I now have the name of someone else to contact who may have more  comprehensive information on the subject of compost nitrate composition. I will call him tomorrow.

Compost experiments 2 and 3 halted for now.

Nitrates from commercial compost 3

I bought more equipment. This is a weakness. I must resist. I have two scales and a nitrate/nitrite test kit. I am continuing the previous experiment while moving on with this one.


  • Leaching may extract more (or less) nitrate over time.
    Check at 1 and 24 hours.
  • According to the literature, the evaporite is going to be a mix of [Na,K,Ca,Mg][CO3,NO2] with either the Ca or the CO3 at zero. Fe and Cl may be present as well.
    We will presume it is the CO3 species that is absent.
  • Potassium carbonate has the highest molecular weight of the various components of potash: 138g/mol.
  • Calcium Nitrate has the highest molecular weight of the various potential components of raw saltpeter: 236g/mol.
  • Suppose we have N grams of a CaCO3 precipitate. To calculate the amount of potash required to provide that much carbonate, divide by the molar mass of CaCO3 (100g) and multiply by the molar mass of potassium carbonate (138g) for a net mass multiplier of 1.38.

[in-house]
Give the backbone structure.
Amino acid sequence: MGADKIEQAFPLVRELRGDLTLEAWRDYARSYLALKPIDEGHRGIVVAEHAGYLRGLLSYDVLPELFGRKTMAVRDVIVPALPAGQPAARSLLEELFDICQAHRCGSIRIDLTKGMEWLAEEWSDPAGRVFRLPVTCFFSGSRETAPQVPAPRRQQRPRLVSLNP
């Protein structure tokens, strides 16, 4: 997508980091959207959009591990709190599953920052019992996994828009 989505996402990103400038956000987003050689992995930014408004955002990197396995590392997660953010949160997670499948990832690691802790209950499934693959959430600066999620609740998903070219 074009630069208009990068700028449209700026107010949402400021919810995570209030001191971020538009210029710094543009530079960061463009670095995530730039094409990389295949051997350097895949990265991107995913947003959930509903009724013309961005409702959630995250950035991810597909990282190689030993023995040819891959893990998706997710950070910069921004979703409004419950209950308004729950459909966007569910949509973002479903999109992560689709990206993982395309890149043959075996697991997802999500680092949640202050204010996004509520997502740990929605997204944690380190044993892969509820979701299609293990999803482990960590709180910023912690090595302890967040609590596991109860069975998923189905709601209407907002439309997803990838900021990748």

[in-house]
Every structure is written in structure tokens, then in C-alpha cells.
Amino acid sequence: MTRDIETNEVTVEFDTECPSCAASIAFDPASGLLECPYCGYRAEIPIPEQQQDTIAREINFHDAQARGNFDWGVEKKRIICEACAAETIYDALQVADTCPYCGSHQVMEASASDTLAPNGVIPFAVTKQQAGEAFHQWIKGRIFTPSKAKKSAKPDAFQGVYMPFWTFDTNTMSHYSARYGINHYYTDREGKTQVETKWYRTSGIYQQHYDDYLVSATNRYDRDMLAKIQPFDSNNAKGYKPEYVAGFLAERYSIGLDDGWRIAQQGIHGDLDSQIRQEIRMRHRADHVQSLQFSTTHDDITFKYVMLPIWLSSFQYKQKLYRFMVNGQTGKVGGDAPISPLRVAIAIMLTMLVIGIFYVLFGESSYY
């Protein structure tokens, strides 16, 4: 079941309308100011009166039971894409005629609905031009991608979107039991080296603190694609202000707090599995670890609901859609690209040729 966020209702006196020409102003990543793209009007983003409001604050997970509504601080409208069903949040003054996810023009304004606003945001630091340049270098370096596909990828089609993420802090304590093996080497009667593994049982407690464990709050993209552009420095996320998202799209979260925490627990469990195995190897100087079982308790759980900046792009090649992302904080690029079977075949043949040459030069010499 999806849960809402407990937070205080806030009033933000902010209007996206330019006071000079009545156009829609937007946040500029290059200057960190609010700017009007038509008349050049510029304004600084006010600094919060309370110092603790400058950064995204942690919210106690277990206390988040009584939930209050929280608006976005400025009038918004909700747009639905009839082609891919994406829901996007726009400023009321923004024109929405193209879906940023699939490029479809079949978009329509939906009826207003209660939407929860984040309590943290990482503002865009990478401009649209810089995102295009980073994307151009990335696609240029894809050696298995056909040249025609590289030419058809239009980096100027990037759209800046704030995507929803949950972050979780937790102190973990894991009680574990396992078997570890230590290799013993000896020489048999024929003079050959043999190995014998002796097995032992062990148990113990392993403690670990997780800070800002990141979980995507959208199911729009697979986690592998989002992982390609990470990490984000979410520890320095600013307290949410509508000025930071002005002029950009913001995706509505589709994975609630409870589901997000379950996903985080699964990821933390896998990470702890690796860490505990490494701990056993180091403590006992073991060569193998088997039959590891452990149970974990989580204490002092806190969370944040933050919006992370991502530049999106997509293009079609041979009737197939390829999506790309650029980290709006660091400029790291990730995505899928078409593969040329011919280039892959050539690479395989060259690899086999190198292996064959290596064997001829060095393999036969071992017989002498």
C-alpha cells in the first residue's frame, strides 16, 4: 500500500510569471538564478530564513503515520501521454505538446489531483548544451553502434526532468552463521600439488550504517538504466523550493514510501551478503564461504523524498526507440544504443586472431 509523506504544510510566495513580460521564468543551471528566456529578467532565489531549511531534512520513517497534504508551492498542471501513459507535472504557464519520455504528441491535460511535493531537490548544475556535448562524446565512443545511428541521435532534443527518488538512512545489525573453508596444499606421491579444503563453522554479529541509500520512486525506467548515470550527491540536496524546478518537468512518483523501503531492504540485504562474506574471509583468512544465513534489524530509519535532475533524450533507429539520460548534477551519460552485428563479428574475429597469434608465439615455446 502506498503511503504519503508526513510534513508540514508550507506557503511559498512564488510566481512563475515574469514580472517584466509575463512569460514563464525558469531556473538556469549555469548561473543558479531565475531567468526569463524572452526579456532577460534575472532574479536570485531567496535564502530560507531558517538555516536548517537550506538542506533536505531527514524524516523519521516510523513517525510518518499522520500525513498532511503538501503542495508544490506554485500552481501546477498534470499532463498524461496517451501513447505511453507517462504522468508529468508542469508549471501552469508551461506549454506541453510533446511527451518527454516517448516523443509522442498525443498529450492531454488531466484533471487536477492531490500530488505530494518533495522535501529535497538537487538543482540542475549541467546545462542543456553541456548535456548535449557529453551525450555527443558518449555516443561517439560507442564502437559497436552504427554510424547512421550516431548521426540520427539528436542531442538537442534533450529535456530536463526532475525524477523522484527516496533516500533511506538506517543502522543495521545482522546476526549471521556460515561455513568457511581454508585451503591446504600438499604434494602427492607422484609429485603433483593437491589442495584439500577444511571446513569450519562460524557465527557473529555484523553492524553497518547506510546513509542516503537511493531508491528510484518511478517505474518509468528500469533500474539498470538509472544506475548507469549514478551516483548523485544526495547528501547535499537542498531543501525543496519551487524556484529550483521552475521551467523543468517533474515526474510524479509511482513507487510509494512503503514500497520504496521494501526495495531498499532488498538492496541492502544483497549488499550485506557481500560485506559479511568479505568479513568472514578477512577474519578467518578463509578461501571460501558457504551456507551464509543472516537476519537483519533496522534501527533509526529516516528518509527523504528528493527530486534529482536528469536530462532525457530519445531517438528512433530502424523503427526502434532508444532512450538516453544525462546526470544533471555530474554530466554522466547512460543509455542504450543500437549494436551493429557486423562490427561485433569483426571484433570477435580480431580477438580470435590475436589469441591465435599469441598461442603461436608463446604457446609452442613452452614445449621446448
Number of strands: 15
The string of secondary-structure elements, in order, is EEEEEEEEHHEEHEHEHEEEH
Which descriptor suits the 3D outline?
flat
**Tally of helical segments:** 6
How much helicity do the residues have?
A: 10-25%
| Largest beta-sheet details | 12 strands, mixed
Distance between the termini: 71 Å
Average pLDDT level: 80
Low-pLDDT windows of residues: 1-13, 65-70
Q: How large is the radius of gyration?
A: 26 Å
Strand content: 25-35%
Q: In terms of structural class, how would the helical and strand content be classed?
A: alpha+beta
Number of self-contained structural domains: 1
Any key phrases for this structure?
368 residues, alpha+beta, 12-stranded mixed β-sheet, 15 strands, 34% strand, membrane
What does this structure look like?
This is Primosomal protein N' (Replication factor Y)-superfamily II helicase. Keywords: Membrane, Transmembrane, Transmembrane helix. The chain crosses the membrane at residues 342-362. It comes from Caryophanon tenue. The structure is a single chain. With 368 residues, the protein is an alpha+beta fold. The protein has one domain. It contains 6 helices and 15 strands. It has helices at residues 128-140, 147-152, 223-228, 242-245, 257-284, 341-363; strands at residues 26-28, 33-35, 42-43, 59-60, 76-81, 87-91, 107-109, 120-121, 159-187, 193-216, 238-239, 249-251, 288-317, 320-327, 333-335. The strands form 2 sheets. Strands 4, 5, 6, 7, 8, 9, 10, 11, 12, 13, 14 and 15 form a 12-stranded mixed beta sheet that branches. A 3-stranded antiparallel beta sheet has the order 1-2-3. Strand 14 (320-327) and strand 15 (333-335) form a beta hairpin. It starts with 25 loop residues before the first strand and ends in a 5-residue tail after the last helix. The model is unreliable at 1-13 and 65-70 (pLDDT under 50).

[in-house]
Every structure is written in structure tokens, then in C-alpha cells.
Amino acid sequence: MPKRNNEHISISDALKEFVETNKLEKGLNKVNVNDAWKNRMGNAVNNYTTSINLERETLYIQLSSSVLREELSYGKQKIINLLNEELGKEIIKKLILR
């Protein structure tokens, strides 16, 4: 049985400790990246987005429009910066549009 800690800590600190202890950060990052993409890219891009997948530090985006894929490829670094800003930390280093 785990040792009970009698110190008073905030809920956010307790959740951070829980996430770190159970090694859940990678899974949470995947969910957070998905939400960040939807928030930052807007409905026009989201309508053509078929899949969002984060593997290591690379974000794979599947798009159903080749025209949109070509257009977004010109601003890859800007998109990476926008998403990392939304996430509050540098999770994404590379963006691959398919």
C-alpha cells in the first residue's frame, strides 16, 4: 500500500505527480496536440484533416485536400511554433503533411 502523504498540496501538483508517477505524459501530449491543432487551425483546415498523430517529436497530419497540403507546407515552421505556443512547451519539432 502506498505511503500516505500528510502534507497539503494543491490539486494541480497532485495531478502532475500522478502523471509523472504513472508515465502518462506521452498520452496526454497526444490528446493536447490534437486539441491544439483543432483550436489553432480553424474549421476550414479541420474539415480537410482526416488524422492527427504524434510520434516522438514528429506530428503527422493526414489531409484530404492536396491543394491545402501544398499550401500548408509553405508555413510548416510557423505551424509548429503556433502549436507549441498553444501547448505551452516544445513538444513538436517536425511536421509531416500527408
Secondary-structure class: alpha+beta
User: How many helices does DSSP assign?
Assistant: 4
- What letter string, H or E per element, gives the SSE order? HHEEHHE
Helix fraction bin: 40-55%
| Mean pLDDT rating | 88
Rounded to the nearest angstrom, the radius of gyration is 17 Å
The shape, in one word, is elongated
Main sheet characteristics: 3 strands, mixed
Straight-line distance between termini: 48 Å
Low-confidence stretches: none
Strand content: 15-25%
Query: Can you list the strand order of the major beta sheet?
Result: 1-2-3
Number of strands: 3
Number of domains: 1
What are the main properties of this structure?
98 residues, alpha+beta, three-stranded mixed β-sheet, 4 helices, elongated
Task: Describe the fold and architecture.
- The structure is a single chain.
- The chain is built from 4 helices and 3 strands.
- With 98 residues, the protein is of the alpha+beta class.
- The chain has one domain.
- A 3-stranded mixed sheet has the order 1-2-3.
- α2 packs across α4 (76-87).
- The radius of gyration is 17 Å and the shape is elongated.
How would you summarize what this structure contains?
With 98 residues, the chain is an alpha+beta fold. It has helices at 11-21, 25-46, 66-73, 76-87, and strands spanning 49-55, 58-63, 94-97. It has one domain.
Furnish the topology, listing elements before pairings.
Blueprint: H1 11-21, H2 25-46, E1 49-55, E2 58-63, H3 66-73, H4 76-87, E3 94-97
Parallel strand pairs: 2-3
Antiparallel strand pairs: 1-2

1.38 times the Mass(CaCO3) is the max Mass(potash) to be used.
  • Suppose we have N grams of a Ca(NO3)2.4H2O evaporite. The mass divided by 236g is the number of moles of calcium nitrate. Calcium nitrate mixed 1:1 molar with potash results in 1 mole of calcium carbonate and 2 moles of alkaline nitrate. 138/236 =  0.58, thus:
    0.58 times the Mass(Ca(NO3)2) is the max Mass(potash) to be used.


    Part 1, 1 hour

  1. Place 1kg of compost in a stainless pot
  2. Add 2 liters of distilled water
    Checked: Total mass: 3kg 
  3. Let stand for 1 hour
  4. Filter (seive and paper towels, as above)
  5. Measure 1 liter of fluid
  6. Get mass of solution to estimate dissolved salts, and verify by checking weight of remainder of fluid and soil
    1003g (about 3g, estimate 6g in 1kg of compost)
    Remainder: 1997g
  7. Perform Nitrate test
    Nitrates: < 5mg/L (Well THAT sucks. Maybe it's wrong?)
  8. Return the fluid to the mass

    Part 2, 24 hours

  9. Let stand for 23 hours
  10. Repeat mass measurements

  11. Test for nitrate
  12. Was it worth waiting the 23 hours

    Part 3, Analysis

  13. Extract all the solution
  14. Filter the solution
  15. Evaporate with minimal heat
  16. Weigh evaporite
  17. Calculate the maximum potash required:
    0.58 * mass(evaporite):
  18. Gather the potash